That being said, it is a gross error to lump all variants of Christianity together when dealing with this topic. Eastern Orthodoxy is very different from Roman Catholicism which is very different from Protestantism. Furthermore, the Reformed/Calvinistic Protestantism of the early American settlers is very different from increasingly heterodox Mainline Protestantism and the Semipelagian/Arminian Evangelicalism so dominant in American churches today. These may seem like distinctions without differences to the non-Christian, but those various theologies have signficant points of disagreement and produce different kinds of societies as a result.

#7 Comment By An Anachronistic Apostle On January 22, 2013 @ 7:32 am

“Judeo Christendom is the most carnal violent civilization in the history of humanity.”

If the identified “dom” has an edge, it’s not by much. We’re all stinkers at heart. I believe the history of humanity establishes that the “most violent carnal civilization” did not invent crucifixion. As a torture, the thing is well conceived and crafted indeed … a splendid fusion of Scythian genius and Roman engineering. And wait ’til you encounter the lighting system of Nero, along the Appian Way!

On the other hand, it is a bit tiresome to see the proponents of Christianity cheerfully burn the likes of Hus (Bohemia) and Barnes (England), all in the grand defense of tiaras and palaces and kingdoms very much of this world; the theology and practices of glory, very much before the long awaited Eschaton. More contemporary Christians, as evidenced by this thread, are more given to wringing their hands instead of the folding them in prayer, in acceptance of what God wills. I’m not sure what’s worse … the inquisitorial fires of the past, or the palpably cold (and unread) hearts of the present. It’s all evidence of a shared gnawing fear and a pervasive self-interest, surely a “conservatism” (of a sorts) which ties the past and the present together.

Ancient Daniel-in-exile foresaw that all would come to a consummation, only once the power of the holy people was toppled (Dan 12:7). Lord Christ Himself mused whether He would find faith on the earth, upon His return to judge all and make right (Lk 18:8). Now there’s a Prophet indeed! How many religious figures of this world have predicted, not leaps and bounds, but a falling-away of their enthusiasts’ number? So you either believe Him, and take the Word at His word … or you raise the alarum and stoke your ecclesial or national armies to bomb and fight for glory and force the world to submit to your mores, as you wring your hands some more.

#8 Comment By Brian On January 22, 2013 @ 10:02 am

That the decline of Christianity leads to a worse society is not something Christians should try to tell non-Christians. It is true, but it is not the reason to support Christianity in the first place. The reason to support Christianity in the first place is because you believe it is true.

The relationship between decadence and secularization should be an internal matter for the Church to consider. Christians, when seeing the decadence, should see it as a reason to lead by example and, possibly, engage in acts of civil disobedience.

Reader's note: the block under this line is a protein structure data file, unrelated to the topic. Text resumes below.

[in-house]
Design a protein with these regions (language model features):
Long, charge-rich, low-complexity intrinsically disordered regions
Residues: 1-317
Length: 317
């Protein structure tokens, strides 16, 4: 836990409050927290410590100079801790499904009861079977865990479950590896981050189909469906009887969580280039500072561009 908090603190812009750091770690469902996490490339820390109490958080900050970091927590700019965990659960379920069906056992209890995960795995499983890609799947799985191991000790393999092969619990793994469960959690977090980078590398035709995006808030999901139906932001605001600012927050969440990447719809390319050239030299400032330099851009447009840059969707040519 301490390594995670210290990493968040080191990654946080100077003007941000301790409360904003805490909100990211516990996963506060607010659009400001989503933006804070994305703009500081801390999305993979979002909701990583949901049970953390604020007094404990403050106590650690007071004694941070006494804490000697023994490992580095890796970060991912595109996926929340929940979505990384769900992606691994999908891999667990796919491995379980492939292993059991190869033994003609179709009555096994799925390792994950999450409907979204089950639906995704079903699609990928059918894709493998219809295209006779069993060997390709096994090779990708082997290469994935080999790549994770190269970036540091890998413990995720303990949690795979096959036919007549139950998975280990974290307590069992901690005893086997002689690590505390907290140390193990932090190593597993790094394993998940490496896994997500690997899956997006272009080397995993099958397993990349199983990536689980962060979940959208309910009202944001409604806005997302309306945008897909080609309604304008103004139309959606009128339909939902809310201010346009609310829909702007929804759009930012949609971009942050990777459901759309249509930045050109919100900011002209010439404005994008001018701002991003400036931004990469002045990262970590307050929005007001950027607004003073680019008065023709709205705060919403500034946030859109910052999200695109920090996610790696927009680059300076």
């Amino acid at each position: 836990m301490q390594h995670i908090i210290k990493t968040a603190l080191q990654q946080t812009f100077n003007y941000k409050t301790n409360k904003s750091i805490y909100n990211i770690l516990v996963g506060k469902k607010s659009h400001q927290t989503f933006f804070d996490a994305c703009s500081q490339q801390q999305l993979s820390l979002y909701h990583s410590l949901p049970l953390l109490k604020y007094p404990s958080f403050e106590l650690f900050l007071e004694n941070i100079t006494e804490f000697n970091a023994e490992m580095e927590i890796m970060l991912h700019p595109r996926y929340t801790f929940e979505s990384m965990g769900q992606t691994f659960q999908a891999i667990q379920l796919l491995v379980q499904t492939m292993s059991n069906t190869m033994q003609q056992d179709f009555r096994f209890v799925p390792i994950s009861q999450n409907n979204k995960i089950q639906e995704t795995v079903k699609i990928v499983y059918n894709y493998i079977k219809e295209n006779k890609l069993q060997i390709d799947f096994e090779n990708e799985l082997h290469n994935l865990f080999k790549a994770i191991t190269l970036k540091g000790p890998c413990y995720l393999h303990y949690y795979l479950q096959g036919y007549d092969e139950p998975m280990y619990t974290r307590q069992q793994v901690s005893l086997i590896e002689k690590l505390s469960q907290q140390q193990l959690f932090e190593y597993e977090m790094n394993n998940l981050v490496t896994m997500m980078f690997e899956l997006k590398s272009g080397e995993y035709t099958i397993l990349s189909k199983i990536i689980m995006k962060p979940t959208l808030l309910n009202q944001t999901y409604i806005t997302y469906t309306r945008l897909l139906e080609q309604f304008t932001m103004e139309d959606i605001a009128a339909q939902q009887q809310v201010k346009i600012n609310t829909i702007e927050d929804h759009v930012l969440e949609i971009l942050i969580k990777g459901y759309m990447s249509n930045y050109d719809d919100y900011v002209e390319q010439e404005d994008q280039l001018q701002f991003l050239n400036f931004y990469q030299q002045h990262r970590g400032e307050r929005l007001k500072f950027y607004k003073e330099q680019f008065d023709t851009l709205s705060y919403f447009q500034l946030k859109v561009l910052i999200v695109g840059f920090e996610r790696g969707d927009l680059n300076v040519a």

We cannot solve decadence on its own terms. The Christian should see his self-reform as the main reaction to societal decadence. This is not an abdication of social duty for two reasons.

First, while we cannot solve societal decline in general through the secular society’s means, the worst abuses of the secular society in particular are abuses we can oppose on the secularists’ own terms. The pro-life case, for example, is based on science and humanitarianism, and plenty of atheists have supported the right to life for this reason. Even traditional marriage is something we can frame on the secularists’ terms: we merely believe that the “gender diversity”, which the secularist encourages in business and government, is something we should encourage in marriage. While gays and straights are equal as individuals, heterosexual marriages have gender diversity. Private institutions which promote such gender diversity are not institutions that government should punish with discrimination lawsuits. While the direction of decline is something we cannot reverse through secular means alone, the worst abuses of secularism always offend logic and reason because they represent not the absence of faith, but the presence of idolatry.

Second, the reason why self-reform is not a self-absorbed reaction to decline: Christianity was born with enemies around the cradle. Jesus, unlike the opportunists of today, did not pick one faction–Pharisee or Sadducee–and stroke their egos. He waged a multi-front mental war on all sides. When Christ told us the gates of hell would not rise against the Church, he freed us from ever having to resort to political extremism in response to our opponents’ political extremism.

Abortion and the assault on traditional marriage can be opposed on the grounds of secular logic, not religion. As for the decline of America itself, the religious response should appear in our personal example and private lives. If we separate State from Religion, Christianity can easily survive, but the pseudo-religion of Political Correctness cannot.

#9 Comment By Paul Emmons On April 19, 2014 @ 1:55 pm

John writes:

>If Christian practice did something to preserve strong communities and prevent violence, then medieval Europe would have been a peaceful time of brotherly love. But it was much more violent than contemporary America, not less.

Yeah, sure. This must be why the rest of the world hates Americans.

Maybe suburbanites from sea to shining sea are relatively safe in their imperial cocoons (although lately an alarming number of young people grab guns and freak out in paroxyms of generalized slaughter). Inner-city children wouldn’t agree. Meanwhile, we export violence and, just to pretend to keep our hands clean, use drones.

>The lowest crime rates we know of were recorded in Europe in the early 20th century.

That little sweet spot between two world wars.